You might think that starting a podcast is all about high quality sound and production value, and therefore you will need to focus on getting the right equipment.
- Great Expectations. It is true that with the rise in popularity of podcasts there are increased listener expectations around having great sound, but there are many great sites that offer tips on how to start a podcast from a technical perspective, as well as how to do it affordably. No matter what budget, starting a podcast is relatively affordable in terms of money, but it can consume a fair amount of time.
- What To Focus On. Having great equipment won’t automatically make you a great podcast host or producer, so the focus should go into the planning, concept, and automating the production process. Statistically speaking, most podcasts shut down after only 7 episodes. There are many reasons for this, and my own guess is that people under-estimated the time and dedication it takes. In order to see results in terms of a content marketing strategy, obviously your podcast needs to last longer than 7 episodes, so don’t over-focus on equipment, go with basic equipment for low cost to start with. If your podcast makes it past 25 episodes, reward yourself with a nice microphone upgrade:)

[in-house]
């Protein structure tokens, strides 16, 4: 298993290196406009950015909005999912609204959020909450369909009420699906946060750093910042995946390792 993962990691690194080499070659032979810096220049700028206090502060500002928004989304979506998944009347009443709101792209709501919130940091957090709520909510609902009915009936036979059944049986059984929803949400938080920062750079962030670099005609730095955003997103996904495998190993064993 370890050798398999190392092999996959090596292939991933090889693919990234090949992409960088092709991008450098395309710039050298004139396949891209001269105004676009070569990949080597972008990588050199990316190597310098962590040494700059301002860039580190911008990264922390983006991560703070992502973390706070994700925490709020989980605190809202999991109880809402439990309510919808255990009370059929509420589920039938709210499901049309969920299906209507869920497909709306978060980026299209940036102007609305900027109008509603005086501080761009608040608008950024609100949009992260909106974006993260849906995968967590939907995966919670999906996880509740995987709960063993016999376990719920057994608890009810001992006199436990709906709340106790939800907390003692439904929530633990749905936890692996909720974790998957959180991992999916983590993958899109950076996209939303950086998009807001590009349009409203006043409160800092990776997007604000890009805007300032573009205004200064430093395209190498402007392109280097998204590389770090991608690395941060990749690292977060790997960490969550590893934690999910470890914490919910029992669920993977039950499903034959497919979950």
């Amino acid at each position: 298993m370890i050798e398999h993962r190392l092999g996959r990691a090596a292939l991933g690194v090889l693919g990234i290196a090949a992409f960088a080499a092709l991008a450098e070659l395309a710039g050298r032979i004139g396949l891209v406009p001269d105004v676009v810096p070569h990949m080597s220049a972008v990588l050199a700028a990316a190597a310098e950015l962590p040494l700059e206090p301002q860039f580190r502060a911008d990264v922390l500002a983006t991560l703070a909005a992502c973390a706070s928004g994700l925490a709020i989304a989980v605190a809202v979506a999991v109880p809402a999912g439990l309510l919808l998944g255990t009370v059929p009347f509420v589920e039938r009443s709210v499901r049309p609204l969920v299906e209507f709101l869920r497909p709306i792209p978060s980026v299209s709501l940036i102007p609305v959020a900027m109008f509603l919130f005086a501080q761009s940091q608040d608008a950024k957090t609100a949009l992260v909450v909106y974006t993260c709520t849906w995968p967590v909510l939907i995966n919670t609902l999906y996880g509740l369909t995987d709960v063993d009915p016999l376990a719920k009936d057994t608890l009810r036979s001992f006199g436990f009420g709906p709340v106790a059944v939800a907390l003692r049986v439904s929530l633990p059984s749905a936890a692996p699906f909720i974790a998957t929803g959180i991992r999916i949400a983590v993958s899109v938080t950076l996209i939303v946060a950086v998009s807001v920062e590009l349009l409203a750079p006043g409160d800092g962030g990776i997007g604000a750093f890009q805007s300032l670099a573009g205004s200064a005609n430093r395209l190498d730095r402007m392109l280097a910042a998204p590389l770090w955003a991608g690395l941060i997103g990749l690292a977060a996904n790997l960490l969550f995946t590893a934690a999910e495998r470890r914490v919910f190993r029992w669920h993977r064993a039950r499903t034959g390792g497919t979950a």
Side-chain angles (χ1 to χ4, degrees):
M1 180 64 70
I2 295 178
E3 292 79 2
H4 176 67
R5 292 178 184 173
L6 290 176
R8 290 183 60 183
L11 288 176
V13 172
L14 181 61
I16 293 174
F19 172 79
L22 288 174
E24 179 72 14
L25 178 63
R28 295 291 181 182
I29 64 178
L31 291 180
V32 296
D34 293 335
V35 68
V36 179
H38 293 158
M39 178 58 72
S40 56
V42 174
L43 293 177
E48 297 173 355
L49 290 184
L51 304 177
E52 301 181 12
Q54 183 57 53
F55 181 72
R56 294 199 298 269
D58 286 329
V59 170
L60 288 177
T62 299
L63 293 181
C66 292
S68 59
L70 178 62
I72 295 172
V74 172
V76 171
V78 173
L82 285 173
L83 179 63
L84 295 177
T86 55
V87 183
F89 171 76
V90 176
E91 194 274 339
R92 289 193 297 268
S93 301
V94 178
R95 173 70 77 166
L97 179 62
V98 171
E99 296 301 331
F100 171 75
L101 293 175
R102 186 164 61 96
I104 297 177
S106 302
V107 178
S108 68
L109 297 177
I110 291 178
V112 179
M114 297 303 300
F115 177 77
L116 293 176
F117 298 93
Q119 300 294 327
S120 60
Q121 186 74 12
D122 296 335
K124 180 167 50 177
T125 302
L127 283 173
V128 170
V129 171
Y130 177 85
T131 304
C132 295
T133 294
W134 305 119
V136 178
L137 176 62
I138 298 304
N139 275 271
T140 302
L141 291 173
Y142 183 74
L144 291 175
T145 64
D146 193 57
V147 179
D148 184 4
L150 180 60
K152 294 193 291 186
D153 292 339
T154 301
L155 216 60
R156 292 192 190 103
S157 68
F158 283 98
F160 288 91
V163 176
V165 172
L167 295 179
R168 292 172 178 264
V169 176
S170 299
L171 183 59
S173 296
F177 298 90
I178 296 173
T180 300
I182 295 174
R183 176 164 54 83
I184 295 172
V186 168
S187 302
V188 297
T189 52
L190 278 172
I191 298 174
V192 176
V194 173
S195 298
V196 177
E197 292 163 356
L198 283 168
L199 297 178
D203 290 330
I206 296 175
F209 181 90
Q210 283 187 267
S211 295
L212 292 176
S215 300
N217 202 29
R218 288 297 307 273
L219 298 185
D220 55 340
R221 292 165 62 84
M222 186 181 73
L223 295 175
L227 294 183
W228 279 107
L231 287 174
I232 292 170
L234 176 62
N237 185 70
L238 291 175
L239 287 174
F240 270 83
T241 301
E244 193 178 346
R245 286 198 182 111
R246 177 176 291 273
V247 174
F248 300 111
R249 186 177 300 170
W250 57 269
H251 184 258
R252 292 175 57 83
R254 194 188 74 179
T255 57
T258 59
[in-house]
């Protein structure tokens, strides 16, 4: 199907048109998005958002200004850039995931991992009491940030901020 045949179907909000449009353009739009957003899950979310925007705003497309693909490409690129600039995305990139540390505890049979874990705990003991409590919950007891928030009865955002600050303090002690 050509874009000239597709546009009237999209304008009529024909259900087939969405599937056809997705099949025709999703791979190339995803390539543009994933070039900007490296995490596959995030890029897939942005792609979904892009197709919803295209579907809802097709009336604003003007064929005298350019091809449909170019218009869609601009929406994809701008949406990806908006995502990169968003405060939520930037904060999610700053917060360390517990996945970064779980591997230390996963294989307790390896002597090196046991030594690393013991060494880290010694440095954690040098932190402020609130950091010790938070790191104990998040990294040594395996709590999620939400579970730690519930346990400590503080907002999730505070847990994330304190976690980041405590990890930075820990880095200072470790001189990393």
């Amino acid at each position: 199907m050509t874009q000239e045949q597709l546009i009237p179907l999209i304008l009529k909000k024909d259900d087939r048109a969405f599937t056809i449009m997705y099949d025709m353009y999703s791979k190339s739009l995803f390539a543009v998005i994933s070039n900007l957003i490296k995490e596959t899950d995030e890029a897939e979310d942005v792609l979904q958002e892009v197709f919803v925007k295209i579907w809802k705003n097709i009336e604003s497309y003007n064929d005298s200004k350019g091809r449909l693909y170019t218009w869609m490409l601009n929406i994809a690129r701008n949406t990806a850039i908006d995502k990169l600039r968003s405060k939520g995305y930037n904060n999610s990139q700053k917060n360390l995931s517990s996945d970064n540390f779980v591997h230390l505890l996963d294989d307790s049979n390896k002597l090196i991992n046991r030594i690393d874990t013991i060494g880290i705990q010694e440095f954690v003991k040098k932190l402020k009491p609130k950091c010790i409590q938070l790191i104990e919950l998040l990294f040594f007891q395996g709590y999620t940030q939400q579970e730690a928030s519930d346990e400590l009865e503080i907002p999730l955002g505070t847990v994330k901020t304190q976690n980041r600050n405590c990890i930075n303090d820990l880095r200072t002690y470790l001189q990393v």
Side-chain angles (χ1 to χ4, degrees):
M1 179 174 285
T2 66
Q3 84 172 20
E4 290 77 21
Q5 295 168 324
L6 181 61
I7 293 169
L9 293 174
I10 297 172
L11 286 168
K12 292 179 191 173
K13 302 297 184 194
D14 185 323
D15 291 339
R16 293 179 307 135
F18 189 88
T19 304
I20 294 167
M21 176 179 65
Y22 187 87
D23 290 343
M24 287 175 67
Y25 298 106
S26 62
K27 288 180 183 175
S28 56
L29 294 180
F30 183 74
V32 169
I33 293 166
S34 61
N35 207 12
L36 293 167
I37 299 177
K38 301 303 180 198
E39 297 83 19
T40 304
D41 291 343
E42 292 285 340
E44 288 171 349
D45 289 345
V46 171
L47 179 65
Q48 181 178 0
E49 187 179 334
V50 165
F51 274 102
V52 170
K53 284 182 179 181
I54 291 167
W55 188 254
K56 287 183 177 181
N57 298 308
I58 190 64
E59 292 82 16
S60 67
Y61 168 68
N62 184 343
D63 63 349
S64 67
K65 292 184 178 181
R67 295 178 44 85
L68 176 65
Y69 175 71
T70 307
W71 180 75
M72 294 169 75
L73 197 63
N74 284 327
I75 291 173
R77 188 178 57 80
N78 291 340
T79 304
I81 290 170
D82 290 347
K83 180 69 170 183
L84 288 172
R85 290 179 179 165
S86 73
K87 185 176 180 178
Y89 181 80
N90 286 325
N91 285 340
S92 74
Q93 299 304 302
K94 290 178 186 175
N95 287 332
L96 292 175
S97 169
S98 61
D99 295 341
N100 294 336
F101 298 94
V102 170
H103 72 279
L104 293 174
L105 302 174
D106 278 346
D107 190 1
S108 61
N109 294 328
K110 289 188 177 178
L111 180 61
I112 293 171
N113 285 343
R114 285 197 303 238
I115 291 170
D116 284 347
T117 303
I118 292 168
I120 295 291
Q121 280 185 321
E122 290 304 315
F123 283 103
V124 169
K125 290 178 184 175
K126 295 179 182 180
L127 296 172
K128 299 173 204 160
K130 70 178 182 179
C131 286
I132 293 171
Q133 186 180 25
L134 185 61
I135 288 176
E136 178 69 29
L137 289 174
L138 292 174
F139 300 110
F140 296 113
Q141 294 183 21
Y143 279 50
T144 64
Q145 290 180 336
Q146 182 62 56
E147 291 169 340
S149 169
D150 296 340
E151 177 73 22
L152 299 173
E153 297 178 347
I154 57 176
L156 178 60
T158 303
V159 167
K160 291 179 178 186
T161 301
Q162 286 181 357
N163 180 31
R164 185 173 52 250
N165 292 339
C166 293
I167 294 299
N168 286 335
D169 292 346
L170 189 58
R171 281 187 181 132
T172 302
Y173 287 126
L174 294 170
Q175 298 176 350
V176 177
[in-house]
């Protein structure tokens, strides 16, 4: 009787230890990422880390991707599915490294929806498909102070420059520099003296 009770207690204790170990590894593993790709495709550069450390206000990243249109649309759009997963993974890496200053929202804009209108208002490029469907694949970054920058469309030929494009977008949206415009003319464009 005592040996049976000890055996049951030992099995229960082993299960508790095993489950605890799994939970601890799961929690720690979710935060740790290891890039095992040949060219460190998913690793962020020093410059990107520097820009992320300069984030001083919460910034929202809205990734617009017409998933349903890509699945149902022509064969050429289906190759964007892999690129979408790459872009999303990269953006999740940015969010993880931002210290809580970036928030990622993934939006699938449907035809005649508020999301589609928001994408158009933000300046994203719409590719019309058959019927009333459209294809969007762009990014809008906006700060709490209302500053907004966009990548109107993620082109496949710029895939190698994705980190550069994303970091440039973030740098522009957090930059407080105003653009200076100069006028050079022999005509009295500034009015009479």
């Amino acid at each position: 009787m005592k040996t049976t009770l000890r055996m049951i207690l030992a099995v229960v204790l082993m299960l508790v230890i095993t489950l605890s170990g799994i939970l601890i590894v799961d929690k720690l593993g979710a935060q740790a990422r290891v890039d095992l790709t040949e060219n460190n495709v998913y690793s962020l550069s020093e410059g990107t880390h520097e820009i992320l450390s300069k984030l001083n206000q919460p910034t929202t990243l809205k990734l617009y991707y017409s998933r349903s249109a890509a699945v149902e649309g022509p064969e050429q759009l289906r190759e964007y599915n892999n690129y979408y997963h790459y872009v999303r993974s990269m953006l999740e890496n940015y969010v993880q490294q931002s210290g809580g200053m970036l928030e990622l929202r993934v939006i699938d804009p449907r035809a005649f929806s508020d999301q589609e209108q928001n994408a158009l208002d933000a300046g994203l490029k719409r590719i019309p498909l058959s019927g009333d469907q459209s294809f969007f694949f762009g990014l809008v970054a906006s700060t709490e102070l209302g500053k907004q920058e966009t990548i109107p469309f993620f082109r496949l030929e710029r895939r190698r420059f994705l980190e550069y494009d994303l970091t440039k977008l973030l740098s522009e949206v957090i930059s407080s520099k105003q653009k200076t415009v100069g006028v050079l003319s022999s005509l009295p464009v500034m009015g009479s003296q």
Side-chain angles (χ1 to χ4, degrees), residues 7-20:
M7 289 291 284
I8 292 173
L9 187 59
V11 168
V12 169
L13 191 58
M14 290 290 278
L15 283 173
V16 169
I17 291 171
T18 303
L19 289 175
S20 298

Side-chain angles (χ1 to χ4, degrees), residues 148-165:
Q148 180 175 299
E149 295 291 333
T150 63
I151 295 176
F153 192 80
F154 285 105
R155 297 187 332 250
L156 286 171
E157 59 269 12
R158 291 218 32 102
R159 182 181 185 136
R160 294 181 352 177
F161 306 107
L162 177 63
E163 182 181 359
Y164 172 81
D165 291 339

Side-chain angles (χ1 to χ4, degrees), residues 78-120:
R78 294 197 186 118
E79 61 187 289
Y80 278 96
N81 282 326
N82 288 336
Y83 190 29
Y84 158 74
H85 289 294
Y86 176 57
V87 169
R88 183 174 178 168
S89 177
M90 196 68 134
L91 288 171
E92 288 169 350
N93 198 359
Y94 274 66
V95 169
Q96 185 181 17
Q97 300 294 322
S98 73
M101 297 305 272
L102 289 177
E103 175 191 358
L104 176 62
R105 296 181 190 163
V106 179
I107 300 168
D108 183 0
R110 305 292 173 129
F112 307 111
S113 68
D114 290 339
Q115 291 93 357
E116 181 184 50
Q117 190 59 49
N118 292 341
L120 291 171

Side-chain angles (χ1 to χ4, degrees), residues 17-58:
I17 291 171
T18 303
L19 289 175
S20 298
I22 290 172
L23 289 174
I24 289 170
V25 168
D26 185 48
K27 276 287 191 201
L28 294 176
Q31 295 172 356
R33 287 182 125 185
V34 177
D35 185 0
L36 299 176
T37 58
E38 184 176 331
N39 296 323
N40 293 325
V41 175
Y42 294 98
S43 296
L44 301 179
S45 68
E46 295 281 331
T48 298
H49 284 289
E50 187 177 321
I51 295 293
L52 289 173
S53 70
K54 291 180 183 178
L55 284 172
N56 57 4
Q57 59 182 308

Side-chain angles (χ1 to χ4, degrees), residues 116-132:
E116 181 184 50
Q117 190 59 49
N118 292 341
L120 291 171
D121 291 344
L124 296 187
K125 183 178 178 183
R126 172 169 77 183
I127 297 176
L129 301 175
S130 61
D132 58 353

Find strategic guests with an existing platform
When inviting guests for your podcast, there is a strategic way to look at this:
- It is a good idea to set expectations with your guests up front. Be crystal clear about the fact the this is a mutually supportive endeavor and win-win gift exchange, where you create a piece of great content that promotes your guest, and that in return you expect a blog post or resource-link back to your site and the episode post in return, as well as active guest participation in sharing the episode on social media.
- Having a platform. Of course you want to pick your guests to be interesting and entertaining for your audience, but ideally your guest should also have a popular site, with a Google page rank of 4+, as well as a large social media presence. It may sound harsh, but otherwise getting links back from a dormant or low value site is of little SEO value, and guests with little or no social media following are not likely to help share your episode widely.
Write great long form show notes
Long form content is better in terms of SEO, while 300+ words are required from an SEO perspective, 700 words plus is better.
- Create standard headers and footer. We follow a recipe for creating a standard header and footer segment for each episode. We use automation tools like Text Expander to create show notes footers, with standing subscribe links to the podcast on iTunes and Stitcher; a standard section on how to share the podcast; where to find links to books or sites mentioned in the episode. This helps in creating longer form notes post.
- Create some standing segments for questions you ask each guest. You might also find that you have some standing questions you ask each guest, and you can prepare a show notes template that already includes the <H2> titles for each segment.